Times’ assistant editor wins national investigative reporting award

Darien Times’ Assistant Editor David DesRoches has earned the top prize for investigative reporting from the Education Writers Association for his coverage of the special education crisis at Darien Public Schools.

The EWA announced Monday that it had named DesRoches its first place winner for small newsroom investigative reporting.

Judges for the EWA, based in Washington, praised DesRoches for his work, including a “strong use of interviews [and] public records laws to document a serious problem with special education programs at Darien schools.

“It’s often a tough slog to get reliable data – and all the more so when the gatekeepers won’t comment, families fear reprisals, and records are slow to be produced, if at all,” continued the judges’ remarks. “David DesRoches was not put off by the rigorous research necessary for a good data-driven investigative package, and he called out every official that would not take questions or provide reliable information… An important series.”

• Top 10 of 2013: No. 1 — Special education

• Freedom of Information stories

DesRoches said he appreciates being recognized at the national level, but it’s not why he became a journalist.

“This is certainly a tremendous honor,” DesRoches said. “For better or for worse, peer-recognition is often the most meaningful form of compensation in the journalism industry. While I certainly did not get into this field for the accolades, it is nice to know my work is appreciated.”

“I did not follow this story for an award — I followed it because it was the right thing to do,” he continued. “I got into this business because I want people to be as informed as possible about the things that matter to them. And this story mattered.”

DesRoches also commended the parents who came forward to talk with him about their concerns with special education in Darien.

“They believed that their children deserved better, and they took considerable risk in making this story public,” he said. “The newspaper’s role was to hold those in power accountable and to ensure laws are followed.”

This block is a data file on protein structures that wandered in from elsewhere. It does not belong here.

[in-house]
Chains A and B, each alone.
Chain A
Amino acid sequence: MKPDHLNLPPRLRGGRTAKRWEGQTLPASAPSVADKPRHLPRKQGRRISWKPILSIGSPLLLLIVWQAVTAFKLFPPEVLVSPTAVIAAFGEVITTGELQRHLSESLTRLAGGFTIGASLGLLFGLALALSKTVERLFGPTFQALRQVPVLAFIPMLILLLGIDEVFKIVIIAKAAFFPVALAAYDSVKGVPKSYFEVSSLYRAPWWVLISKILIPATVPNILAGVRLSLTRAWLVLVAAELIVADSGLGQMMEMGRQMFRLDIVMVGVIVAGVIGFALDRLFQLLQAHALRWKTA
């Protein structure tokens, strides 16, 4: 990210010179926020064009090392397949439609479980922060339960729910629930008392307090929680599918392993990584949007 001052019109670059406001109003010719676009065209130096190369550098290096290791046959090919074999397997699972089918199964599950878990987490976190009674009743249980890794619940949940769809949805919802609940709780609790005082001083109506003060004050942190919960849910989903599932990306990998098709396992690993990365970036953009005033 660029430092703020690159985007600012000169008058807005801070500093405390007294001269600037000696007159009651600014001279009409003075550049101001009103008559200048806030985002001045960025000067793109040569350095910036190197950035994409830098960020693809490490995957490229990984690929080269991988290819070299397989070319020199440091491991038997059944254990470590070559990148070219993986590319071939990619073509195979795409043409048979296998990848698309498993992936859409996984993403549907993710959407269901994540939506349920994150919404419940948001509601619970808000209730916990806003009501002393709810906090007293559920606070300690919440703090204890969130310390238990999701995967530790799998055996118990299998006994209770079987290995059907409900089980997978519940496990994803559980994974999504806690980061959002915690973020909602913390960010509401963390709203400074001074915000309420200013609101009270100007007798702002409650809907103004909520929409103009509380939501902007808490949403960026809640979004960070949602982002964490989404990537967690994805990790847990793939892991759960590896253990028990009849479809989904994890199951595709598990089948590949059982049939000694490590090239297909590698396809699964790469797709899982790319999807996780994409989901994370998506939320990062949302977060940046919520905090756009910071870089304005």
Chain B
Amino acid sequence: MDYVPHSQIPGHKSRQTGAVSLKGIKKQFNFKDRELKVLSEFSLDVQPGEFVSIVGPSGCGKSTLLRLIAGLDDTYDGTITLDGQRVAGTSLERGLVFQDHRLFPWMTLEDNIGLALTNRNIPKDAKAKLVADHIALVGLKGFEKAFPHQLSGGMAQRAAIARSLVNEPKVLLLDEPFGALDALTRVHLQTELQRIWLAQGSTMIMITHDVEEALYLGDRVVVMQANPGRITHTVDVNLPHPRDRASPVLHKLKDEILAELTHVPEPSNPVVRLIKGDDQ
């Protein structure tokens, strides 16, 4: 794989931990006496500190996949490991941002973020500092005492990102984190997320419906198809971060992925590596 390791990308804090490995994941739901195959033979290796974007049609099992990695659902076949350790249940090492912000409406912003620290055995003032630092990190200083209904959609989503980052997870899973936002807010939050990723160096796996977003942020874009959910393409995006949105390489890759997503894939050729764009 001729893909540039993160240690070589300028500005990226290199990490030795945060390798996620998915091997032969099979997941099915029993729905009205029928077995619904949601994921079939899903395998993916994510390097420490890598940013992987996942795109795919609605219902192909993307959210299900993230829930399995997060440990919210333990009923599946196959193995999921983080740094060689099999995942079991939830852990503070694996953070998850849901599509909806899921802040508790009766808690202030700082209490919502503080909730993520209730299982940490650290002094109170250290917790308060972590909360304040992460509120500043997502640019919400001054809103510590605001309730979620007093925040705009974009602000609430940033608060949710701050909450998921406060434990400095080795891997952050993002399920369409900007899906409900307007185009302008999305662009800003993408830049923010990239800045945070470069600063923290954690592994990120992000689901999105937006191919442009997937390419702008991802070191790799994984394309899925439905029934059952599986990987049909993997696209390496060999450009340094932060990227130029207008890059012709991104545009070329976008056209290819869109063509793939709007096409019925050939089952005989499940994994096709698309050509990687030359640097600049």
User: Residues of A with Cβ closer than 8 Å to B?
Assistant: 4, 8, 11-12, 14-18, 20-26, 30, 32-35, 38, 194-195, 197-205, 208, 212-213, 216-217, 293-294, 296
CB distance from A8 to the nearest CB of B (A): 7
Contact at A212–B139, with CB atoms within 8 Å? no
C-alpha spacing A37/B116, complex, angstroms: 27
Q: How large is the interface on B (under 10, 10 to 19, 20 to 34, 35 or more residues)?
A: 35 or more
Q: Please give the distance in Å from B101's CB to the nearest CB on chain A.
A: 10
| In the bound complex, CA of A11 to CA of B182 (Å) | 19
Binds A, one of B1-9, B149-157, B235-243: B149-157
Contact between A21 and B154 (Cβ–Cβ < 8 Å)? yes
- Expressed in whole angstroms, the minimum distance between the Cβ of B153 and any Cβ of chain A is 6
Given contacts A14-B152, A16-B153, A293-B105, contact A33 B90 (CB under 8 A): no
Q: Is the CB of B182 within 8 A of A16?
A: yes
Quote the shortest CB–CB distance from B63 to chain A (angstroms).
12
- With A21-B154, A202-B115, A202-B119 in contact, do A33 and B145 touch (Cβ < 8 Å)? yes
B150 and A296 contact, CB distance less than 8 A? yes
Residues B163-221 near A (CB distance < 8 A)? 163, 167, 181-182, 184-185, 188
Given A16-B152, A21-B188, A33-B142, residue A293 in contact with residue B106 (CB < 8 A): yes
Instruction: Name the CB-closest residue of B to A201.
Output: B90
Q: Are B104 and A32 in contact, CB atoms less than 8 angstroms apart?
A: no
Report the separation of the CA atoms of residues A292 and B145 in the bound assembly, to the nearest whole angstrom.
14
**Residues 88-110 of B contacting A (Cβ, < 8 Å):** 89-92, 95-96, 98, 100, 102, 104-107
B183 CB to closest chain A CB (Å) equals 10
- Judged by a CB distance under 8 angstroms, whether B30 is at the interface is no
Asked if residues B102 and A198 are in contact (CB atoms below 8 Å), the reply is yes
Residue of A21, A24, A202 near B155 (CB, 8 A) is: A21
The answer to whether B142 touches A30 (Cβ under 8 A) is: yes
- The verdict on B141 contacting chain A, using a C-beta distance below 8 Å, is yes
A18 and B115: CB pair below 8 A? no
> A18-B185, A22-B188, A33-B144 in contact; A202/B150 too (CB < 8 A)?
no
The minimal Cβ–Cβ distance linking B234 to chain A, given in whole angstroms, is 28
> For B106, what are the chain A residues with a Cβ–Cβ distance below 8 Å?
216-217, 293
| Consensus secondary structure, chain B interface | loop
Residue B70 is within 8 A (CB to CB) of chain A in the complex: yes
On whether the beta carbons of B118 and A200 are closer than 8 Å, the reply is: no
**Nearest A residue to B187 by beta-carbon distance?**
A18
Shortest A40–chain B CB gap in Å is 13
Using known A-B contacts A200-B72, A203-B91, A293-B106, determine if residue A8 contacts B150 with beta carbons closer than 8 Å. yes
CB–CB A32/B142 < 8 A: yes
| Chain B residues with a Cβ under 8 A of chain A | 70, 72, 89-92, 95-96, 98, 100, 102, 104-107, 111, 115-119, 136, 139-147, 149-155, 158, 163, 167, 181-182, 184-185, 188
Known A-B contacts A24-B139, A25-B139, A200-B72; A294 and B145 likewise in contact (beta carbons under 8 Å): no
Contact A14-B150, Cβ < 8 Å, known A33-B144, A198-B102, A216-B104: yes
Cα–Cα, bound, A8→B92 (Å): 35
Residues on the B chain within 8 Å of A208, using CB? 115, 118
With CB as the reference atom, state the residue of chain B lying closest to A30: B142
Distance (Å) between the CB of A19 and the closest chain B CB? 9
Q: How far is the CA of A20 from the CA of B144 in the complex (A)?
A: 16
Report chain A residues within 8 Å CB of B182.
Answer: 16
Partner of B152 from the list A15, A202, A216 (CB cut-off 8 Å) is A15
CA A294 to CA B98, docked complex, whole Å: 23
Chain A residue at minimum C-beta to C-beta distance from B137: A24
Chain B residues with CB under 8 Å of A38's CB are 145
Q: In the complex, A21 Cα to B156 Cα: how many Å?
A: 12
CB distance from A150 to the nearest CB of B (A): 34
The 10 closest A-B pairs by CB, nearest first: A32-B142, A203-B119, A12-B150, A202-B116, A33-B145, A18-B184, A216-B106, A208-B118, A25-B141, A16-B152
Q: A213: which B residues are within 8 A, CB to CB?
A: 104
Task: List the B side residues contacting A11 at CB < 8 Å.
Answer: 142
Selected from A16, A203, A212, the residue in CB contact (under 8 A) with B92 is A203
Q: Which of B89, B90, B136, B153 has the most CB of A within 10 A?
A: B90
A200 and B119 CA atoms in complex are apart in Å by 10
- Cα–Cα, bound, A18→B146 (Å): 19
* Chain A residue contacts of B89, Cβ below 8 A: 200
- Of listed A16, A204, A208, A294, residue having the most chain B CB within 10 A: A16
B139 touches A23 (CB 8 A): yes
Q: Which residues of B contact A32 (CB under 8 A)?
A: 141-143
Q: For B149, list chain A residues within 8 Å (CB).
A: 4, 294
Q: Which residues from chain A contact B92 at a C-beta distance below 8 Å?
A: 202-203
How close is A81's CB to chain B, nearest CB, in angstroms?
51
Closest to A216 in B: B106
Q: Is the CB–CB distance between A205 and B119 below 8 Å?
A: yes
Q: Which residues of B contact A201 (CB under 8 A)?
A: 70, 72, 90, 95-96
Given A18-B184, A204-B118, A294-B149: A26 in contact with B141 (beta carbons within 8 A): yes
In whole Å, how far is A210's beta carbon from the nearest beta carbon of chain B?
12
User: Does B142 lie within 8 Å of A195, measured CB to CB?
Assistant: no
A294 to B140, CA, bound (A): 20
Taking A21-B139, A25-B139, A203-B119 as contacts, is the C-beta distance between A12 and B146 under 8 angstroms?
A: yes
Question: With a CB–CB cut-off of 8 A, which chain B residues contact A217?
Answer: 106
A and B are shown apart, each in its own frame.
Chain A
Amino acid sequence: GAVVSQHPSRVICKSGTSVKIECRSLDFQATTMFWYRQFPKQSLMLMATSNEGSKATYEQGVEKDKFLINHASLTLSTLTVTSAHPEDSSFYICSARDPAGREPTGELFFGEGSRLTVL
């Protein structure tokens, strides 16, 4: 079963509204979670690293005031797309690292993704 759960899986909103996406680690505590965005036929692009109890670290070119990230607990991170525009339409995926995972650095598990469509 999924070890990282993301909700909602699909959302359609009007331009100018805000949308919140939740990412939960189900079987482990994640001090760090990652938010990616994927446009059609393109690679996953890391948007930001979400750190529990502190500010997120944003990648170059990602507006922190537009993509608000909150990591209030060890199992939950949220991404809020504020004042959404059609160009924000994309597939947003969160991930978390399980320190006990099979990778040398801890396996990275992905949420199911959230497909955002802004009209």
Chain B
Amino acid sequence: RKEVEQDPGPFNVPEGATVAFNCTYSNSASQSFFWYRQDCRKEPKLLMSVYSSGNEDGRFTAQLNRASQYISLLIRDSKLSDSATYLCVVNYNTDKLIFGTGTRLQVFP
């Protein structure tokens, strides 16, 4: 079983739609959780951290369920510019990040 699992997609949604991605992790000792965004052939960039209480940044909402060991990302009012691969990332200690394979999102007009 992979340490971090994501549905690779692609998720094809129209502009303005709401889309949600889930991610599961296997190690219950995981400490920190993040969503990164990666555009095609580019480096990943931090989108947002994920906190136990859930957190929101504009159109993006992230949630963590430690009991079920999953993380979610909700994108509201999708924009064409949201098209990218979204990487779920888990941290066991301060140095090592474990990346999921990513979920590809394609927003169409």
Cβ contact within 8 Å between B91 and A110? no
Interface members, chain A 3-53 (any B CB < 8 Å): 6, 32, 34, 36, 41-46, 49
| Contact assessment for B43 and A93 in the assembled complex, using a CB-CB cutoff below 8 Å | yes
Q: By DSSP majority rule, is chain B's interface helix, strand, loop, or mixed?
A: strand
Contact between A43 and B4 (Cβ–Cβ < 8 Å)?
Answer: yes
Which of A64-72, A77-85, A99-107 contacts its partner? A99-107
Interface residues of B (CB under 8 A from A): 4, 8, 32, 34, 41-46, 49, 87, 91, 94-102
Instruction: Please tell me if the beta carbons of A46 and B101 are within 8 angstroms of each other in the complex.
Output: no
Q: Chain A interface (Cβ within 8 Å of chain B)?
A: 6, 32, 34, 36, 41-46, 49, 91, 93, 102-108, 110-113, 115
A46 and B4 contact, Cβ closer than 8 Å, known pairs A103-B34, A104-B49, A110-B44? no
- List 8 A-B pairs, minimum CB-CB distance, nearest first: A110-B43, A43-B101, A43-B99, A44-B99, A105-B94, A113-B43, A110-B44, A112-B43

“At times, journalists are required to afflict the comfortable and comfort the afflicted, as the adage goes,” DesRoches said.

He also asserted that this award was a team effort.

“Without the guidance of Susan Shultz, and the support of Hersam Acorn’s owners, this award would not exist,” he said. “Their commitment to this story equaled and at times surpassed my own.”

DesRoches was one of 72 EWA honorees hailing from an array of media outlets of various sizes. The EWA winners will be honored in person at an EWA conference May 18 to 20 at Vanderbilt University in Nashville, Tenn. As a first place winner, DesRoches is also up for the Fred M. Hechinger Grand Prize for Distinguished Education Reporting, where he will compete against journalists from the nation’s best newspapers and media outlets for the association’s top prize.

“When David first heard of irregularities in Darien school’s special education program he didn’t hesitate to find out what it was all about,” said Thomas Nash, Hersam Acorn Newspapers’ group publisher. “He worked tirelessly — got little thanks and plenty of complaint — to produce a series of stories that literally ‘made a difference.’”

“From the start, David has approached this story with unmatched tirelessness and integrity and I am so proud that the Education Writers Association has chosen to acknowledge his efforts with this well-deserved honor,” Shultz said.

“For David, this was never about any award or accolade. It was about the reporting the truth,” she said.

DesRoches added that “hopefully, now that most of the errors have been uncovered, the town can move to a place where all children have equitable access to an excellent education.”

“Every town, especially one with Darien’s potential, deserves nothing less,” he said.

This is the second major award for DesRoches for his work covering Darien Schools. He was named the 2013 Reporter of the Year by the New England Newspaper and Press Association in February. He also received six additional reporting awards from the press association, in the categories of general news, right-to-know, education, crime and courts, personality profile and investigative reporting.

Originally published in The Darien Times.

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